Judge Joel Pearce is happy to report that Will Ferrell keeps his clothes on during all 88 minutes of this kiddie flick.
Show me the monkey!
Whatever else it may accomplish along the way, Curious George is the kind of film I haven't seen from Hollywood in a long time. It is a pure children's film. That doesn't make it a great film, but it is a major animated feature that you can put your kids in front of with no worries that they will be corrupted.
Facts of the Case
Ted/The Man in Yellow (Will Ferrell, Anchorman) is a nerdy museum worker who subjects children to very boring lectures. When he discovers that the museum is losing money and he's about to be out of a job, he agrees to journey to Africa to find an ancient and gigantic idol. When he arrives, he does find the idol (which is not quite as large as he had hoped). He also finds a curious little monkey that follows him back to the big city. Now, Ted needs to save the museum, come clean about the idol, and figure out what to do with George. It's going to be a long week.
Almost all family movies have larger lessons, hidden jokes, and other material designed to make family entertainment more palatable for parents. This practice has resulted in some delightful family films that truly can be enjoyed by people of all ages (Iron Giant comes to mind). Others, like Shrek, contain humor that would be completely inappropriate for kids if they had any chance of getting it.
It's been a while since I've seen a film aimed squarely at kids. Curious George is just such a film: Ted is a likable loser who stumbles into tough situations; George is curious and gets into things; nobody gets hurt—including the innocence of our children. This is all well and good, but it will seriously dampen the fun for parents who like to watch movies with their kids. Curious George isn't the most dreadful piece of children's programming I've ever seen, but its lack of thematic depth or subtext certainly leaves it on the lean side. The plot meanders aimlessly, clearly more interested in comic antics than a coherent story. It's really impossible to ignore that this is a 30-minute story stretched out to feature length. To compensate, Will Ferrell fills the running time with amiable banter, but it only serves to take the attention away from George, who is often pushed into the background. The genesis of a love story is squeezed in as well, though I see little point. It's all just padding for the flimsy plot.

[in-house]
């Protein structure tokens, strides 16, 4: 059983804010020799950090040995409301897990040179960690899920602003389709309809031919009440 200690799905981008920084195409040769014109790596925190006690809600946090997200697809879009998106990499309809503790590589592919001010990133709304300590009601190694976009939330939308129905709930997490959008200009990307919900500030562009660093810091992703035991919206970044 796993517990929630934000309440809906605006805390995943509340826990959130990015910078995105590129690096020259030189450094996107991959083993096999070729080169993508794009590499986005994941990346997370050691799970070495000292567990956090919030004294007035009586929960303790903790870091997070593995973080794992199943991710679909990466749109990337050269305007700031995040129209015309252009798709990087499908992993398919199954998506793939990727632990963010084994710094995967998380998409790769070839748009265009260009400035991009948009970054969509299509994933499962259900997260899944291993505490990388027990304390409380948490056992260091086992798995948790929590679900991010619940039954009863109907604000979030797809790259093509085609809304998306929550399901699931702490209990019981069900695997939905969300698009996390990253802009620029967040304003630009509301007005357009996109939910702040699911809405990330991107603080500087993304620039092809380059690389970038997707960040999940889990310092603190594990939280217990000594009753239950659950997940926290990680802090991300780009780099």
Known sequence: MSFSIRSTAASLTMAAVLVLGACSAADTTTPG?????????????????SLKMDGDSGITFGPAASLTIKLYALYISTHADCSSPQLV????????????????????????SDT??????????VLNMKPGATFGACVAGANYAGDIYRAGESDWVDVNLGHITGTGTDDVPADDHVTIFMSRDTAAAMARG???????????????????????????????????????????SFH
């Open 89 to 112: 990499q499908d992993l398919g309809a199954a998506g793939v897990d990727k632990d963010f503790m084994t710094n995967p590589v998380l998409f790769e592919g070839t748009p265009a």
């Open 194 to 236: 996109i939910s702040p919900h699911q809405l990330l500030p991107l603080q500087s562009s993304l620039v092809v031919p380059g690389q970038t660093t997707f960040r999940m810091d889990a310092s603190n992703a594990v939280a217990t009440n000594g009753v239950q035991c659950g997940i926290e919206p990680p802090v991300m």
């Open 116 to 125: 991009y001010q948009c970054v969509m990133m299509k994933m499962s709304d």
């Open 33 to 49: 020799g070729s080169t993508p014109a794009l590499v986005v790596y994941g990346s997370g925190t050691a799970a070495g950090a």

There's not much else to say about the film itself. It's so simple, straightforward, and cute that it's actually a difficult film to review. Kids will like it. Parents will be bored, but won't mind that the kids are watching. As a fun side note, bored parents can use this opportunity to play the product placements drinking game. Every time you see a familiar product logo (like Dole or Volkswagen), take a shot of something strong. You might enjoy Curious George just as much as your kids after all.
I should also mention the animation. It perfectly captures the look of the book series, and generally succeeds in hiding its use of CGI. It's an attractive and colorful film, and has been technically well crafted.
The Rebuttal Witnesses
The transfer of Curious George is one of the best I've seen from Universal. It is vivid and clear, perfectly capturing the bright color palette of the film. There's a lot of motion in the film, with bright contrasting colors, but I saw no examples of bleeding or other visual artifacts. The sound transfer is strong as well. The score, which features Jack Johnson, is particularly well mixed. The surrounds don't leap into action as much as they could, but the front sound stage is bold and broad.
There's a wide range of special features on the disc. Kids can sing along with Jack Johnson's music video, or play games with even more obvious product placement. For parents, there is also some additional product placement, in the form of an advertisement from Shea Homes and a thinly veiled Volkswagen commercial. There's also a featurette on drawing George. Unfortunately, it is presented in the wrong aspect ratio. Finally, there are about fifteen roughly drawn deleted sequences.
If you have young kids, Curious George is worth adding to the home video collection. Even though it has nothing to say and will bore you to tears, its colorful appeal should enchant the little ones. It delivers exactly what it promises, and I guess that's a good thing. Still, your time would be better spent reading the books to your kids.
I'm releasing George back into the wild. He's free, so long as I don't have to see him again.
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